Brewing loose leaf tea can be fun and rewarding
When you’re just starting out though, it isn’t always obvious how to get the best results from your tea.
We’ve created three distinct methods for brewing tea, starting with the easiest and increasing in skill, and outlined them for you below.
These three methods are methods that we use ourselves, almost daily.
There’s no better or worse method per se, just methods that suit different teas and situations. There are ways to improve and refine each method, which we will also teach you.
What are the 3 Methods?
Let’s look at the three ways you can brew your tea, starting from the easiest and fastest and working up.
Reminder: These three methods are not ‘official’ or exclusive. I created the framework myself, based on my experience of brewing tea, to give you the tools to learn about preparing tea yourself.
Method 1: ‘Leaves in’
This is the fastest & easiest method to brew high quality tea. Works best for White, Green & Black tea, but not Oolong.
Ideal for a busy morning cup, or when you’re drinking at work. This is also the method for ‘bowl tea’, which is perfect for meditation.
All you need is tea leaves, a cup or a bowl, and water.Learn 'Leaves In' Method
Method 2: Filter Tea
Filter tea takes about as much time and effort as it takes to make filter coffee at home.
It’s suitable for all teas. It offers more control over the strength of the tea, and is the perfect learning platform to develop your tea-brewing skills.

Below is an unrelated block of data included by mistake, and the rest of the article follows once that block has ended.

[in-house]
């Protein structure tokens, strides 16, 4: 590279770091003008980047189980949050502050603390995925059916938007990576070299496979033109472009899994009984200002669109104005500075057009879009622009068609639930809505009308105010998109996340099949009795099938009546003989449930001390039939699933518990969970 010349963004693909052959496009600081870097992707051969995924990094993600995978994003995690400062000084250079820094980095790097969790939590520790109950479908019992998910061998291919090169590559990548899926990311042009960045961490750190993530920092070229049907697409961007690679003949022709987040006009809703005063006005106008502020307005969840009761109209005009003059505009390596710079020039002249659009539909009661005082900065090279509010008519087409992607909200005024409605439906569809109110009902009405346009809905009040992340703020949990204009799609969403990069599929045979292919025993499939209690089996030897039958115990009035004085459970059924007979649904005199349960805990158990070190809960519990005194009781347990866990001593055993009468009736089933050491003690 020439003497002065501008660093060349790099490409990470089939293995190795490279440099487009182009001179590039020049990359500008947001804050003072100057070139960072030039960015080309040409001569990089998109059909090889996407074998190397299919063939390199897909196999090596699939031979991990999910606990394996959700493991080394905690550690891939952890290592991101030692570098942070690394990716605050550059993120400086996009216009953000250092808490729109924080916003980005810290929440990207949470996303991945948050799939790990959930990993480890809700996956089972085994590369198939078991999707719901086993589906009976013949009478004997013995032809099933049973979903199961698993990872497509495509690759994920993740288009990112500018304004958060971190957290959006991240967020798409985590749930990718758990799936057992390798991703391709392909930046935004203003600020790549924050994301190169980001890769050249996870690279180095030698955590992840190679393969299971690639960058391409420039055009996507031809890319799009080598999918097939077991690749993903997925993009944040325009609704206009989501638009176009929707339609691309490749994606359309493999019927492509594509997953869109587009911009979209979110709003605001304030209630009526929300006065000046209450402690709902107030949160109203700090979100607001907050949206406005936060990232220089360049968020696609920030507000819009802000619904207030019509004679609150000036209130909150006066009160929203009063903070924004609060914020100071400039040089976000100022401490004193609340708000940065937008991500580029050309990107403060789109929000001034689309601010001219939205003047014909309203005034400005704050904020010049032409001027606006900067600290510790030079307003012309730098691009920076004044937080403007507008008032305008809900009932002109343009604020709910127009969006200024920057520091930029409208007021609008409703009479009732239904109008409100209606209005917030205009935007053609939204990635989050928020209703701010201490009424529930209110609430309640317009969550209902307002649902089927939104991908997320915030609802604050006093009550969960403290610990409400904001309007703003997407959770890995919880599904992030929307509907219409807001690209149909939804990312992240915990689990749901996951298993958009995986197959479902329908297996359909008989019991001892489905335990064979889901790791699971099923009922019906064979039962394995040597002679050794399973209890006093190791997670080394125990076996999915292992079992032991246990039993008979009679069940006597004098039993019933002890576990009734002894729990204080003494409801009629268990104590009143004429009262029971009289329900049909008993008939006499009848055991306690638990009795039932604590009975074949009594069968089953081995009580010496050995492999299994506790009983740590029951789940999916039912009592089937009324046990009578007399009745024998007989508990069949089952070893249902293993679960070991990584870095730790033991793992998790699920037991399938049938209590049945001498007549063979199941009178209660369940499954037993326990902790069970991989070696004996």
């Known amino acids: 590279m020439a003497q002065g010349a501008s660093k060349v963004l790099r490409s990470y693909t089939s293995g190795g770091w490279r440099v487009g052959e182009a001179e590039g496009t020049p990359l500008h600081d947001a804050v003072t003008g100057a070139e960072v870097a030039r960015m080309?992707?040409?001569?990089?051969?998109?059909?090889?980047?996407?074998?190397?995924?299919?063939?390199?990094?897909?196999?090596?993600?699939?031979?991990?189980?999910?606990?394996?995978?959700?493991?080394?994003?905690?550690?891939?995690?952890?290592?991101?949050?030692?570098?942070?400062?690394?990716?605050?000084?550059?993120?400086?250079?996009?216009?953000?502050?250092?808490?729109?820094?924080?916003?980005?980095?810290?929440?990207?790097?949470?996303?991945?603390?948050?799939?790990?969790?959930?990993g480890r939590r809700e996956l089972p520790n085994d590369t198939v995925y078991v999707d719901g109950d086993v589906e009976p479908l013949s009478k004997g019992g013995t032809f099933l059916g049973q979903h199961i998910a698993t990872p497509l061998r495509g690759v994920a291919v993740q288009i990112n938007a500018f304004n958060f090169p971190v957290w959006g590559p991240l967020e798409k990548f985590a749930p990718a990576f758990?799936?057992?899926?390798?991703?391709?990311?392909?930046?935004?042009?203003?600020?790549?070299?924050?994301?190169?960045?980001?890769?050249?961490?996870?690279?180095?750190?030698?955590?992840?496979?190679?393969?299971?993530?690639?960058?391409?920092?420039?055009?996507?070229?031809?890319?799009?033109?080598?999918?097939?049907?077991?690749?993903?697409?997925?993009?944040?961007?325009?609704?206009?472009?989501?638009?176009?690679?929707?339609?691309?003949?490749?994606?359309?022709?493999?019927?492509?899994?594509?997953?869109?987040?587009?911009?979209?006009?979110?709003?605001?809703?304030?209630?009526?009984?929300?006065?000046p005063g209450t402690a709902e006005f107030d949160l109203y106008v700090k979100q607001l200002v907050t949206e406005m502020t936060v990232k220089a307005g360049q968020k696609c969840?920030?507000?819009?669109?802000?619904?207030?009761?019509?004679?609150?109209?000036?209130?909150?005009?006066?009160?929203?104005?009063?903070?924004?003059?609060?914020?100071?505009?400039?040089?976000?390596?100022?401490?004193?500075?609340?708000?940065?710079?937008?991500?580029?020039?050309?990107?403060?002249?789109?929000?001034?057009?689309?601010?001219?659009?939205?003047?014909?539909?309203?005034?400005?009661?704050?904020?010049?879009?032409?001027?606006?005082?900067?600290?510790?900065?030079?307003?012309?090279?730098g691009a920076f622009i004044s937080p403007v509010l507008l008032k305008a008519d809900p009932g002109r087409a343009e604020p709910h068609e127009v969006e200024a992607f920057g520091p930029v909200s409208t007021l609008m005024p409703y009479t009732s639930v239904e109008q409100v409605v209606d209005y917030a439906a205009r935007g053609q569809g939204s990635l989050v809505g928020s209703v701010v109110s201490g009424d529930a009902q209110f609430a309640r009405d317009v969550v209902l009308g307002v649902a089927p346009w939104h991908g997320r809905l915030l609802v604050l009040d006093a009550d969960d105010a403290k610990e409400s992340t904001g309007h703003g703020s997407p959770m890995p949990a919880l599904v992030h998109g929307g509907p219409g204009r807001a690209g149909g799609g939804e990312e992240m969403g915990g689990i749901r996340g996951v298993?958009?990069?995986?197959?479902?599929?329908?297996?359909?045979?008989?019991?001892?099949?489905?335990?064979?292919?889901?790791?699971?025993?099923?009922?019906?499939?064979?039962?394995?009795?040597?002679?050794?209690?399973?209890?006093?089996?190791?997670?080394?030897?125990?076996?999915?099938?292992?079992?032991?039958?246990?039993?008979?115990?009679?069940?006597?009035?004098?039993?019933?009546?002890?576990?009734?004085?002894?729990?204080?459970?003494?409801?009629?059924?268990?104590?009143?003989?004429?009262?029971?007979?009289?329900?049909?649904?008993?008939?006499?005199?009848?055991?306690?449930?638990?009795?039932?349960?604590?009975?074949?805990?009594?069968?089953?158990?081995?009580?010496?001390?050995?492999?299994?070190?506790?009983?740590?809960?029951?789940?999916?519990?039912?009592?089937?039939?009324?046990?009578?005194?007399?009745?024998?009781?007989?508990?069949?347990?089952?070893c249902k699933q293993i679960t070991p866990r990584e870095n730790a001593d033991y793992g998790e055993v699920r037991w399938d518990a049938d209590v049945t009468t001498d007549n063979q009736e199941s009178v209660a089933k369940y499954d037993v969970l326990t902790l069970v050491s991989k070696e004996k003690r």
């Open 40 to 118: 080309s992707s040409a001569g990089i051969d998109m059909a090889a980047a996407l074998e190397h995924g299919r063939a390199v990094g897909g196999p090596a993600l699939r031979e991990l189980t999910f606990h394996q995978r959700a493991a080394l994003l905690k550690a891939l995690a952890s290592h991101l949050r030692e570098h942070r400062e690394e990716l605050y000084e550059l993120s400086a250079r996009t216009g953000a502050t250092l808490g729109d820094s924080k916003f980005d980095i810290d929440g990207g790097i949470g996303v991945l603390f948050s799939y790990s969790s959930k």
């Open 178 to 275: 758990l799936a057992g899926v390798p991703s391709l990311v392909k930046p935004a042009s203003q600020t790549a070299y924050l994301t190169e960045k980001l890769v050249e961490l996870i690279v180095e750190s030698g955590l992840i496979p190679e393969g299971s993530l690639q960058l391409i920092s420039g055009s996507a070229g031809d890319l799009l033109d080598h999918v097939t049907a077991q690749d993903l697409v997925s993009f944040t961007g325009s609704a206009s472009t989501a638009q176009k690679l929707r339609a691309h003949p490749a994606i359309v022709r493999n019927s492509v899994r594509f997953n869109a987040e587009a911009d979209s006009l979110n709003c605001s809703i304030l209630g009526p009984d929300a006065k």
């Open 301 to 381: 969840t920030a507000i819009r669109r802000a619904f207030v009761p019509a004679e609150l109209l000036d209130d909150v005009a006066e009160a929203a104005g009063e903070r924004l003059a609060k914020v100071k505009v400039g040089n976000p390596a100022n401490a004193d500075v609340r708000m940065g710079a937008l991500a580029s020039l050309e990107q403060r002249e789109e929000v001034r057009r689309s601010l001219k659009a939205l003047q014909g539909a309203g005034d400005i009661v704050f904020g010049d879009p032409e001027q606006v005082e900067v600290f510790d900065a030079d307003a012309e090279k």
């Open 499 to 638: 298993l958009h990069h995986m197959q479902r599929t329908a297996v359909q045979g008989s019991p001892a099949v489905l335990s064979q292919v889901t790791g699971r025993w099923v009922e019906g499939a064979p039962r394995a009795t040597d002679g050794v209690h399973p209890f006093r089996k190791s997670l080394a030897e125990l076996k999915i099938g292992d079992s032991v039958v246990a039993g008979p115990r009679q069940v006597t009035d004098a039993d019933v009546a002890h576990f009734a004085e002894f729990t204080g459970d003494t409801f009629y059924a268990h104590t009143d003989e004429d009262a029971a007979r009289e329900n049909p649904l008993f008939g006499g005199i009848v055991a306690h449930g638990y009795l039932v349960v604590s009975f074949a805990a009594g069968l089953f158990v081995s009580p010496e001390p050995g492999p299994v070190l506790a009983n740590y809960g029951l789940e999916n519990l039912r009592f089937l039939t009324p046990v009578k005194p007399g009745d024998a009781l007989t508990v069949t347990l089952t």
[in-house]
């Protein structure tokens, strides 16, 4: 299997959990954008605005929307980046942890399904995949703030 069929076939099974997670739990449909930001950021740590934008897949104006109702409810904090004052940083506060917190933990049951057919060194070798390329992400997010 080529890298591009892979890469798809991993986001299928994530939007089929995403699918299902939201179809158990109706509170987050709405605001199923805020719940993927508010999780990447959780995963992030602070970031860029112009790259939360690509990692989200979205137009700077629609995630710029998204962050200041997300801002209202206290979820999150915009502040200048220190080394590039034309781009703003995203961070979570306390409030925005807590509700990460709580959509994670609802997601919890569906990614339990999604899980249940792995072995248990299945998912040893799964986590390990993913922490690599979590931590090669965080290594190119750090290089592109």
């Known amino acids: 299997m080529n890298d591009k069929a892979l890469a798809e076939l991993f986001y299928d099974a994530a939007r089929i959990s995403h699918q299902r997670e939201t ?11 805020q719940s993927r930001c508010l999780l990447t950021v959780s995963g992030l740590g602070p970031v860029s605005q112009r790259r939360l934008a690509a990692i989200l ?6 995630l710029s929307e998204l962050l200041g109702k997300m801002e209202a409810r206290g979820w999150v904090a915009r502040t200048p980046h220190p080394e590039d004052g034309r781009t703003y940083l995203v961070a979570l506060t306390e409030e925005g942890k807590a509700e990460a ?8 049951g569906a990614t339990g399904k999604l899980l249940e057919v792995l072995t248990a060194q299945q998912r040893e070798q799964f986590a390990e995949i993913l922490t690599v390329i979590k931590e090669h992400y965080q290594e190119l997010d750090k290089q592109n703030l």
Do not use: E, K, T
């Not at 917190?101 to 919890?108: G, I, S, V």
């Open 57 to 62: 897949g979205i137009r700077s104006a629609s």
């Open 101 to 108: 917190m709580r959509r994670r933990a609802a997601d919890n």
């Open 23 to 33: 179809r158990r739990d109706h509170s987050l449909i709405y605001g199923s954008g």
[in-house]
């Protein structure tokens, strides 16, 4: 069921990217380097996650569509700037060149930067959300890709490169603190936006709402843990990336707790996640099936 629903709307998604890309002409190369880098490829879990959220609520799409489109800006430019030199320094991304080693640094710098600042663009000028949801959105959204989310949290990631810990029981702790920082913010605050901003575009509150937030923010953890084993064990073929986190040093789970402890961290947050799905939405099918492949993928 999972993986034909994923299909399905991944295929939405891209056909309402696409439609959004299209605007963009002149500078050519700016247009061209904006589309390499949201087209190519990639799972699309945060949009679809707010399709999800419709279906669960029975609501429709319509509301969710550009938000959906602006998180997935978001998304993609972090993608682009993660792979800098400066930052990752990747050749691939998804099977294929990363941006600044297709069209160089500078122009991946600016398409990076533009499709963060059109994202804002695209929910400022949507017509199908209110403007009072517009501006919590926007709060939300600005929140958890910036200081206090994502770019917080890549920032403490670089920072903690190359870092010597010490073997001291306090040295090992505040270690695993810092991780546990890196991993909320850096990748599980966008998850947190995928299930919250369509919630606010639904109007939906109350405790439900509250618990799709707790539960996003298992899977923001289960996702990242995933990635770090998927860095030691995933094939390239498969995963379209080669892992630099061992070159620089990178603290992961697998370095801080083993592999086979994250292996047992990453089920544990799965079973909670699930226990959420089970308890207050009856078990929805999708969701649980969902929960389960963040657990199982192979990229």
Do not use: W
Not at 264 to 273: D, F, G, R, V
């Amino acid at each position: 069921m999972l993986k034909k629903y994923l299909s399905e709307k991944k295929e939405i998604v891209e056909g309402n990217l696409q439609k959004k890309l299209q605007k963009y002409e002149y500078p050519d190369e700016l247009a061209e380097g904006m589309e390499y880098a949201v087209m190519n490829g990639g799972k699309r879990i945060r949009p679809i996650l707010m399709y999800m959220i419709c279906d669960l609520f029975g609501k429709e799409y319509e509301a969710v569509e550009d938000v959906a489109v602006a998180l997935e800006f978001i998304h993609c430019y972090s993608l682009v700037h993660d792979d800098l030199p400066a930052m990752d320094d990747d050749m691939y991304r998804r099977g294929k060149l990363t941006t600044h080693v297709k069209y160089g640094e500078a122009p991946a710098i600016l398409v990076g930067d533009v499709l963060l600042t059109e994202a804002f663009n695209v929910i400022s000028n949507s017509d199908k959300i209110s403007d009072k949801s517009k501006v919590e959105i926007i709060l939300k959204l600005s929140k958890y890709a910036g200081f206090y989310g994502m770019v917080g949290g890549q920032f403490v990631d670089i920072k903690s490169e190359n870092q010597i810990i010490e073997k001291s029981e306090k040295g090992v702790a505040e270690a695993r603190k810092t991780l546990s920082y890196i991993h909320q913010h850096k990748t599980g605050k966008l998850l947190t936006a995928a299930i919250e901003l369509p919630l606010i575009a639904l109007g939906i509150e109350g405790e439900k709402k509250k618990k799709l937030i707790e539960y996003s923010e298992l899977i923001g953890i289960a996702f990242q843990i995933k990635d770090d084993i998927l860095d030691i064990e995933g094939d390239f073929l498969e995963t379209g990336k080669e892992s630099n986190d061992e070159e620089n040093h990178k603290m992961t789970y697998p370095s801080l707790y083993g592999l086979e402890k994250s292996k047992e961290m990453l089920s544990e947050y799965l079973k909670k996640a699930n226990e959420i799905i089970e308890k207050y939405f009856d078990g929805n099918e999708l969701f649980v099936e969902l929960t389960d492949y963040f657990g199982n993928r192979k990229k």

I use this method almost every day, especially when I travel, and don’t have time for a full ‘Gong fu’ set up.
You’ll need some kind of ‘filter’ equipment such as a teapot, metal strainer, french press or tea flask, plus a cup to drink from.Learn Filter Tea Method
Method 3: Gongfu Tea
Kung fu tea or ‘gong fu cha’ is the ancient Chinese high-art of preparing tea, in a way that maximises fragrance, aroma and enjoyment of the leaf. It literally translates as ‘preparing tea with great skill’. It can be complex for the beginner, but relatively easy to learn.
Less of a method, more a set of guiding principles, an art and a lifestyle (and for many, part of a deep, spiritual practise) where the equipment starts to cost money and the lifetime’s obsession and never-ending process of refinement begins!
Start here when you are ready to get the absolute maximum results from your leaves.Learn Gong fu Tea
Which method for which tea?
Technically, all methods work for all tea – so don’t be afraid to experiment and test things out for yourself.
Tea is as simple as leaves in water.
Having said that, there are differences in the way the tea comes out, and particularly in how much of the potential of the tea is uncovered or lost, depending on which method you use (and several other factors, which I touch on in the guides above).
The punchline is that Oolong tea doesn’t really work well with Method 1, and all other combinations of method and tea are OK.
Oolong tea has more subtle high-end notes and fragrance which are most easily lost when you brew ‘leaves in’ method.
So choose a method, choose a tea and dive on in! And please, report back to us with your experiences, as we have an insatiable appetite for good tea and good tea conversation!